When some dream of a cruise, they picture portholes with an ocean view, lounging on the pool deck, and a large balcony cabin. But what side of the ship should you chose for your balcony room? When choosing a forward-facing or backward-facing cruise ship cabin, where you are going may not be as important as where you've been, and vice versa. Forward-facing balconies, located on the front of the ship, are a newer trend in ship design and are therefore usually more expensive and hard to find. Backward-facing balconies, also known as aft-facing balconies, are located at the wake of the ship and may even cost the same as a standard balcony stateroom. Read these cruise tips to decide what’s your best cabin to have your best cruise, and check out the deck plans on your specific ship to see what specific type of cabins are available.

A Good Reason to "Wake" Up

If you're prone to seasickness, hate gusty wind, are traveling on a budget and want a quiet, far-from-the-elevators stateroom, go with the backward-facing stateroom. With an aft cabin, not only will you wake up to the beauty of the ship's wake, you'll feel less ship movement, encounter less wind, and, on most ships, will spend considerably less. Keep in mind that when a cruise disembarks on a port day, you might feel a slight vibrating sensation from the propeller below. It's also important to note that a strong tailwind can reverse the wind direction, making the backward-facing balcony more windy than the forward-facing option.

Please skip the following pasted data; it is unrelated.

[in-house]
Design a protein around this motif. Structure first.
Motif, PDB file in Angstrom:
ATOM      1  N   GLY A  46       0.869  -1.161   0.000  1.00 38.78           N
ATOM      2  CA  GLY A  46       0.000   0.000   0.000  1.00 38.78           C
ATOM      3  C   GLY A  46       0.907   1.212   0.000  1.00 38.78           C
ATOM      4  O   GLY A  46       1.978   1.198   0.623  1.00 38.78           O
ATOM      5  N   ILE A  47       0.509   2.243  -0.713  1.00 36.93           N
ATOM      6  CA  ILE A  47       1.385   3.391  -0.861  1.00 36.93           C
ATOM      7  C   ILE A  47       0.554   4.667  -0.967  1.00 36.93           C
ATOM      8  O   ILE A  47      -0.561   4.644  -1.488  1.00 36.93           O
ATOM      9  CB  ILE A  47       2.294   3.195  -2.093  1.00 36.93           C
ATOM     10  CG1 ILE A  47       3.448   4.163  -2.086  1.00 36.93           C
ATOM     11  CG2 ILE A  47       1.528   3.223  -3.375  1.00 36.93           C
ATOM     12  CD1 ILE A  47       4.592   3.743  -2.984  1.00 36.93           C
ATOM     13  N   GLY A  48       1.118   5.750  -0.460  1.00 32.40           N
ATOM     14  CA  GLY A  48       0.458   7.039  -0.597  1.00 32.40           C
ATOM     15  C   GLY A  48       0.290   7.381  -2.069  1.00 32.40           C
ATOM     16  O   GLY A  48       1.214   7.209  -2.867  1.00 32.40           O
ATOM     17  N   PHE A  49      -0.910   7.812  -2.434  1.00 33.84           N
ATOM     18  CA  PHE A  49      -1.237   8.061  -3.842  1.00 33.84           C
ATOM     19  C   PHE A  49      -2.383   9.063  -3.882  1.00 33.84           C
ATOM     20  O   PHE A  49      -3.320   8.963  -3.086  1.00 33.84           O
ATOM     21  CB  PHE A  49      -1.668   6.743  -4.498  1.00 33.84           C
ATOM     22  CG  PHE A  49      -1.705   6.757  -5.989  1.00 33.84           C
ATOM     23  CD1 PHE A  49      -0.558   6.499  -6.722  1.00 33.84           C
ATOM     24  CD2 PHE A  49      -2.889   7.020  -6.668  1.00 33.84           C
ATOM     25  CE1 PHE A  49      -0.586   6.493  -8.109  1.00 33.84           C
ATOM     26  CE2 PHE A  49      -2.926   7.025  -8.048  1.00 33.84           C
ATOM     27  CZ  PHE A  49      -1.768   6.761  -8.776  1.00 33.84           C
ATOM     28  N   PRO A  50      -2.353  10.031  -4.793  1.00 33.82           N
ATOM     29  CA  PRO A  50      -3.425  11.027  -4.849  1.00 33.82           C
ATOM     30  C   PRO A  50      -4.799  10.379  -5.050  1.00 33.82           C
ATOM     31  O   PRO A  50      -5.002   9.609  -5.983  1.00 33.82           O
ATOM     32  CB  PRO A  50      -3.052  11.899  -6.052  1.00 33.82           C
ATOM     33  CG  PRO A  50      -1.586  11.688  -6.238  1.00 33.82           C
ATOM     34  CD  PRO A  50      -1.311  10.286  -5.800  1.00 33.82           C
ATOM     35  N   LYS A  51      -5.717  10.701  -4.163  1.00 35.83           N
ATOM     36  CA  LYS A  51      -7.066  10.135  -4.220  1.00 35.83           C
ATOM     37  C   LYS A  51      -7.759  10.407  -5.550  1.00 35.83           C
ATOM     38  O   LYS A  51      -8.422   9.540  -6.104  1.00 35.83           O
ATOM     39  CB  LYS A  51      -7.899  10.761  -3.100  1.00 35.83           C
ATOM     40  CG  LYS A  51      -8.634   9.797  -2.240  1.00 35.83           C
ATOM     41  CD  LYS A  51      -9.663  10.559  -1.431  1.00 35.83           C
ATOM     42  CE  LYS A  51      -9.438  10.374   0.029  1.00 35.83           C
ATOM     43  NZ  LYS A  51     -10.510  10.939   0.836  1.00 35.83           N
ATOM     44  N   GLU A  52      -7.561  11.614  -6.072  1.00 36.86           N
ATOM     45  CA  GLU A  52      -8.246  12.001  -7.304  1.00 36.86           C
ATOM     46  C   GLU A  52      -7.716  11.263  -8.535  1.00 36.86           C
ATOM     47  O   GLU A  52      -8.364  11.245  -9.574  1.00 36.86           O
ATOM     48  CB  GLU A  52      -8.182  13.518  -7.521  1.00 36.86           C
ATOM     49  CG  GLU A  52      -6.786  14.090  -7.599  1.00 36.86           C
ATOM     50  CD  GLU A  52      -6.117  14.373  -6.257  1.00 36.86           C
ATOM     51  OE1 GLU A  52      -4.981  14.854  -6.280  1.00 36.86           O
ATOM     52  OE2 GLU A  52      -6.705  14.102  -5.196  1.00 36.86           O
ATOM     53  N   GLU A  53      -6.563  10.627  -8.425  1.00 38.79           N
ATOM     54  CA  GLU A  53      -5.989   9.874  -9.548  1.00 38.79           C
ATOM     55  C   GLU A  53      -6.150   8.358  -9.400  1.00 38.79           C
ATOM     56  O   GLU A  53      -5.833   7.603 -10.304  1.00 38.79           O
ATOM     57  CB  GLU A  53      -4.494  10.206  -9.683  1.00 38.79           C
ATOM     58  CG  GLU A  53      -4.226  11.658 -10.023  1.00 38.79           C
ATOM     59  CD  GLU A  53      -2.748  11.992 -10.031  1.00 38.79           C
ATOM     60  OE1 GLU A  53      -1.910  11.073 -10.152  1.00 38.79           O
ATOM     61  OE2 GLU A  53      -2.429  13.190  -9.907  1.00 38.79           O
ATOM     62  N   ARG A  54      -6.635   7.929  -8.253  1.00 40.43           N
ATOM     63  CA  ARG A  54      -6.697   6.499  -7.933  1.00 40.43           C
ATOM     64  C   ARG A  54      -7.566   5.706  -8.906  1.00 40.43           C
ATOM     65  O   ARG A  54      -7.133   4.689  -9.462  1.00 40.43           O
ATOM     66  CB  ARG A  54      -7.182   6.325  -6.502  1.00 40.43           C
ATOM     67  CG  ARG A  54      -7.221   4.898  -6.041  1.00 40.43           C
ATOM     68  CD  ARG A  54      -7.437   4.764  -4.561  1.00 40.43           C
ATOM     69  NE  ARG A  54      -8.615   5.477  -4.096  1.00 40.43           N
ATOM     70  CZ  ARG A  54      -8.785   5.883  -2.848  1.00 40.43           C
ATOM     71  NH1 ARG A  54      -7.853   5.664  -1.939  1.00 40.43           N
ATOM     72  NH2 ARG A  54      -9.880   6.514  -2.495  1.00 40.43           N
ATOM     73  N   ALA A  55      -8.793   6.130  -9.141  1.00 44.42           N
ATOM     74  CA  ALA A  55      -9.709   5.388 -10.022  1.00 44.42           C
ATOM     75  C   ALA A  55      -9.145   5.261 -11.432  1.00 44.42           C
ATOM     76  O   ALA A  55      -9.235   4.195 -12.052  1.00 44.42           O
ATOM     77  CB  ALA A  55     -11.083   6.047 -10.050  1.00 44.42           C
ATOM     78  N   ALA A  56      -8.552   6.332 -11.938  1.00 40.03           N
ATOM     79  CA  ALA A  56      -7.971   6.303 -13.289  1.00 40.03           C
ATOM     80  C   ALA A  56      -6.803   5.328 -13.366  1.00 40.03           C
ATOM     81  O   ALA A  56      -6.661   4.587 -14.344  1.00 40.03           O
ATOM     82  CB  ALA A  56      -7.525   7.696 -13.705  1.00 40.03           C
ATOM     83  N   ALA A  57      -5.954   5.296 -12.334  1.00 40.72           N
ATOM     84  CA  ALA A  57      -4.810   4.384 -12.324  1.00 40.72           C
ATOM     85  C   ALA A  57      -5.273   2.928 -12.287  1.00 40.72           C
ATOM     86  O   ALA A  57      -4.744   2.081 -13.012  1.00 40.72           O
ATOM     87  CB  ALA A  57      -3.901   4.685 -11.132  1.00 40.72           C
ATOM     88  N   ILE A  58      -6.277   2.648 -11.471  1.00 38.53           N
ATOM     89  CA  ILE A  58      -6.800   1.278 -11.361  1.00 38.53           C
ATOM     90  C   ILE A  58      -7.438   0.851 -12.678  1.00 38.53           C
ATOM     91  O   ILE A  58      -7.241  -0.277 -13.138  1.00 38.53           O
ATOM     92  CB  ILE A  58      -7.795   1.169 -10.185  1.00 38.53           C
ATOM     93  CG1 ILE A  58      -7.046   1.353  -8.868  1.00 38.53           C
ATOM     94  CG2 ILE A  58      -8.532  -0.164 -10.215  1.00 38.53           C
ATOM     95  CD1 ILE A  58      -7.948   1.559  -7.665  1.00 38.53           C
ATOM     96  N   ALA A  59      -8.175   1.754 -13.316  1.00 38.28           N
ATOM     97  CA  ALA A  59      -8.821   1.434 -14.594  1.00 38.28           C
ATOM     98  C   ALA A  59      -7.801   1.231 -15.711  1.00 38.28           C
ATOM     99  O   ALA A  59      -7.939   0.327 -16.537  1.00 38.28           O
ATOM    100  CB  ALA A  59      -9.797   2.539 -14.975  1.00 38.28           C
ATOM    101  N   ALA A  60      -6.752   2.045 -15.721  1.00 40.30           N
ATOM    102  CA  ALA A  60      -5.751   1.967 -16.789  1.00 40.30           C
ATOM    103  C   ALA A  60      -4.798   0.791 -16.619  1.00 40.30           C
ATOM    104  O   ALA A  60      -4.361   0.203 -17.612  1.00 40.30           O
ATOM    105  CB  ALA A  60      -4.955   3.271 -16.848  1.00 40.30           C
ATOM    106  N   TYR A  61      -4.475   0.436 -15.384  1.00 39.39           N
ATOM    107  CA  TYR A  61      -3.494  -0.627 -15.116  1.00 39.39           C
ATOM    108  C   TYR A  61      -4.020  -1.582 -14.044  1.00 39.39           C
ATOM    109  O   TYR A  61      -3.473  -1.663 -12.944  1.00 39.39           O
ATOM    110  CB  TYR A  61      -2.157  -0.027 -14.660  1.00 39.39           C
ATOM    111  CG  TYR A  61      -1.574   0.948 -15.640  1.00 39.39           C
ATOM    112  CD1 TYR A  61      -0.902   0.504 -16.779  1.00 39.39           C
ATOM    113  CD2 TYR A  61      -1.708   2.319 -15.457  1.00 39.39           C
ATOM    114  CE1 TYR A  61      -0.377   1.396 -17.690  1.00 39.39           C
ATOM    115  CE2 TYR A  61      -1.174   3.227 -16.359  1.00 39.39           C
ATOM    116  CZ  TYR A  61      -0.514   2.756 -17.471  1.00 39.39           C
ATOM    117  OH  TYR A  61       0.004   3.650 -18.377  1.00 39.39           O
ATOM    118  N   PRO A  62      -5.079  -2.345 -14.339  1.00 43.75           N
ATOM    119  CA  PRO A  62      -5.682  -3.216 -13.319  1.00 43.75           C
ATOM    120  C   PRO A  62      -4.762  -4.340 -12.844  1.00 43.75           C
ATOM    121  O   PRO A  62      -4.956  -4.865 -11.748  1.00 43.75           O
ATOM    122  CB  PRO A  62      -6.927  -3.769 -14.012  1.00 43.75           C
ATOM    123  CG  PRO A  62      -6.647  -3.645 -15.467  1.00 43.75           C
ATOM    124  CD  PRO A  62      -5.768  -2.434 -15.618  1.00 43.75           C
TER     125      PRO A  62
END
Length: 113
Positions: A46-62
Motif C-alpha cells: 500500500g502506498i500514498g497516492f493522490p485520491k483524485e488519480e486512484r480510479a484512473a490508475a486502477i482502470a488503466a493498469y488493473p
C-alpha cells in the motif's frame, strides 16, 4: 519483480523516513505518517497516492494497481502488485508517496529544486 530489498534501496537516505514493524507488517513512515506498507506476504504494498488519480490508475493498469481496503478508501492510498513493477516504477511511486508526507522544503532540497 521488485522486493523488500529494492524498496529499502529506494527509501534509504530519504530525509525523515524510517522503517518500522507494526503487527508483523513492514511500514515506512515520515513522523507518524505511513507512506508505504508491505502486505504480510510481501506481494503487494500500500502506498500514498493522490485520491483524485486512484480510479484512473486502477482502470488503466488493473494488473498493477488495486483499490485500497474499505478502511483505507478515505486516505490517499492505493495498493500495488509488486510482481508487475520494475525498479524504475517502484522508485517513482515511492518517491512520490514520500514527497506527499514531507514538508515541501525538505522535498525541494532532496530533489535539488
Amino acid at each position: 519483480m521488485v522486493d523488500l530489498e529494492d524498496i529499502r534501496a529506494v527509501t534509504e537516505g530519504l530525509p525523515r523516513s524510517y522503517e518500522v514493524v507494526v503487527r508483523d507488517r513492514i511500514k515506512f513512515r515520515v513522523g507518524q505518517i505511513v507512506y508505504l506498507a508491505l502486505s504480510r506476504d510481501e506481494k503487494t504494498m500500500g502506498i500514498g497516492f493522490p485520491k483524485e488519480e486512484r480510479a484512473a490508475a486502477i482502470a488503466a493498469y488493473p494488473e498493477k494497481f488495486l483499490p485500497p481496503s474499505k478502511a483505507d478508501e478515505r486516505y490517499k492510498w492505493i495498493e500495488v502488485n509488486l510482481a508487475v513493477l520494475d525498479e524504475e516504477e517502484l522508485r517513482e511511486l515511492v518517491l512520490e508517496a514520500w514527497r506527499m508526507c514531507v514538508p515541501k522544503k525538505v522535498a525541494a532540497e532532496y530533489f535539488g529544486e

The Leo and Kate Effect

While more expensive than backward-facing balconies, forward-facing balconies are one of the most trendy options on a cruise, if you do not mind feeling the rolling of the waves and the stronger wind on high sea days. Forward-facing staterooms usually boast larger overall cabin size, extra space, and a larger balcony, but bad weather can mean less outdoor balcony time. On a cruise to somewhere warmerl, like the Caribbean or Mediterranean, the strong breeze may be nice on those hot days. But on a ship to Alaska, it won’t be the same treat. For some, the chance to see the world from the perspective of Leo DiCaprio and Kate Winslet may be worth it.

The Corner Aft Option

Some cruise lines offer corner aft stateroom balconies, or backward-facing balcony staterooms that form an L-shape as they hug one of the back corners of the ship. Corner aft balconies are an interesting alternative to the backward-facing option, but keep in mind that due to the curve in the balcony, you may face an obstructed view and the deck may be oddly-shaped or smaller than standard balconies. If these obstructions aren’t a deterrence to you, though, they can be a great option.

Seasickness, Motion Sickness and Mobility Concerns

When choosing between a backward-facing or forward-facing balcony, it's important to consider your tolerance for seasickness. Cabin location can be very influential in determining your reaction. While backward-facing balconies are considerably more stable than forward-facing, choosing the low-deck over the upper decks, and the mid-ship over the sides of the ship, offers the most stability. Lower deck balconies in the middle of the ship offer the best stability for patch-wearing travelers. If this is your first time cruising and you are unsure your reaction to rough seas, it’s better to go with the safer option, not necessarily the top deck.

Your own mobility should also be a concern when choosing a forward-facing or backward-facing cabin. On most ships, cabins at the back of the ship tend to be the farthest from the elevators, while forward-facing staterooms are near the main front elevators of the ship.